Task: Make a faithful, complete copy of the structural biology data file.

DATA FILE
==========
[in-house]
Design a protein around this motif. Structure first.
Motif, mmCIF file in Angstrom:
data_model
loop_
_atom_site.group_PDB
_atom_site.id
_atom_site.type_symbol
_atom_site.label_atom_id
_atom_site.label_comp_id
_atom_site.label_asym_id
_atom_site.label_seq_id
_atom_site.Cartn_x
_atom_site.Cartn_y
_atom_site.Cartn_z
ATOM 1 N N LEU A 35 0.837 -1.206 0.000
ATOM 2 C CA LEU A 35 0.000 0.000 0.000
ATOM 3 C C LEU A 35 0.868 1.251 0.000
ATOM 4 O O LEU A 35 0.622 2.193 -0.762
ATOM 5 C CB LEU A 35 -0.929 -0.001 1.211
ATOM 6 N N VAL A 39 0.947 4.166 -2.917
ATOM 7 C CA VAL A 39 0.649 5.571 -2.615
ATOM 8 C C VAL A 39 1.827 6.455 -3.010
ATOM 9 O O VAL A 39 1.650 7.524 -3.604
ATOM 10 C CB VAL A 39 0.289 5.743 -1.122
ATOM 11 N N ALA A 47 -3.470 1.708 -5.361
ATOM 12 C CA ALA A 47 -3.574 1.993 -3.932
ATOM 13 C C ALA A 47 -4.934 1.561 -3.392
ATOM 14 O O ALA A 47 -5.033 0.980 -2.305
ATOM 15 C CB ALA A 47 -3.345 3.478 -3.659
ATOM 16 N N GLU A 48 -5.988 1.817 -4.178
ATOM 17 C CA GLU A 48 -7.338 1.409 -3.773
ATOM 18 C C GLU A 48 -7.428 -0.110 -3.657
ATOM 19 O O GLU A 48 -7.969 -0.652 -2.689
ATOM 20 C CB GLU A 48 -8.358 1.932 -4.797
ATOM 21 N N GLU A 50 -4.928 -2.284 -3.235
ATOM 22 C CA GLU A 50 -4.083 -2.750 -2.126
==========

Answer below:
[in-house]
Design a protein around this motif. Structure first.
Motif, mmCIF file in Angstrom:
data_model
loop_
_atom_site.group_PDB
_atom_site.id
_atom_site.type_symbol
_atom_site.label_atom_id
_atom_site.label_comp_id
_atom_site.label_asym_id
_atom_site.label_seq_id
_atom_site.Cartn_x
_atom_site.Cartn_y
_atom_site.Cartn_z
ATOM 1 N N LEU A 35 0.837 -1.206 0.000
ATOM 2 C CA LEU A 35 0.000 0.000 0.000
ATOM 3 C C LEU A 35 0.868 1.251 0.000
ATOM 4 O O LEU A 35 0.622 2.193 -0.762
ATOM 5 C CB LEU A 35 -0.929 -0.001 1.211
ATOM 6 N N VAL A 39 0.947 4.166 -2.917
ATOM 7 C CA VAL A 39 0.649 5.571 -2.615
ATOM 8 C C VAL A 39 1.827 6.455 -3.010
ATOM 9 O O VAL A 39 1.650 7.524 -3.604
ATOM 10 C CB VAL A 39 0.289 5.743 -1.122
ATOM 11 N N ALA A 47 -3.470 1.708 -5.361
ATOM 12 C CA ALA A 47 -3.574 1.993 -3.932
ATOM 13 C C ALA A 47 -4.934 1.561 -3.392
ATOM 14 O O ALA A 47 -5.033 0.980 -2.305
ATOM 15 C CB ALA A 47 -3.345 3.478 -3.659
ATOM 16 N N GLU A 48 -5.988 1.817 -4.178
ATOM 17 C CA GLU A 48 -7.338 1.409 -3.773
ATOM 18 C C GLU A 48 -7.428 -0.110 -3.657
ATOM 19 O O GLU A 48 -7.969 -0.652 -2.689
ATOM 20 C CB GLU A 48 -8.358 1.932 -4.797
ATOM 21 N N GLU A 50 -4.928 -2.284 -3.235
ATOM 22 C CA GLU A 50 -4.083 -2.750 -2.126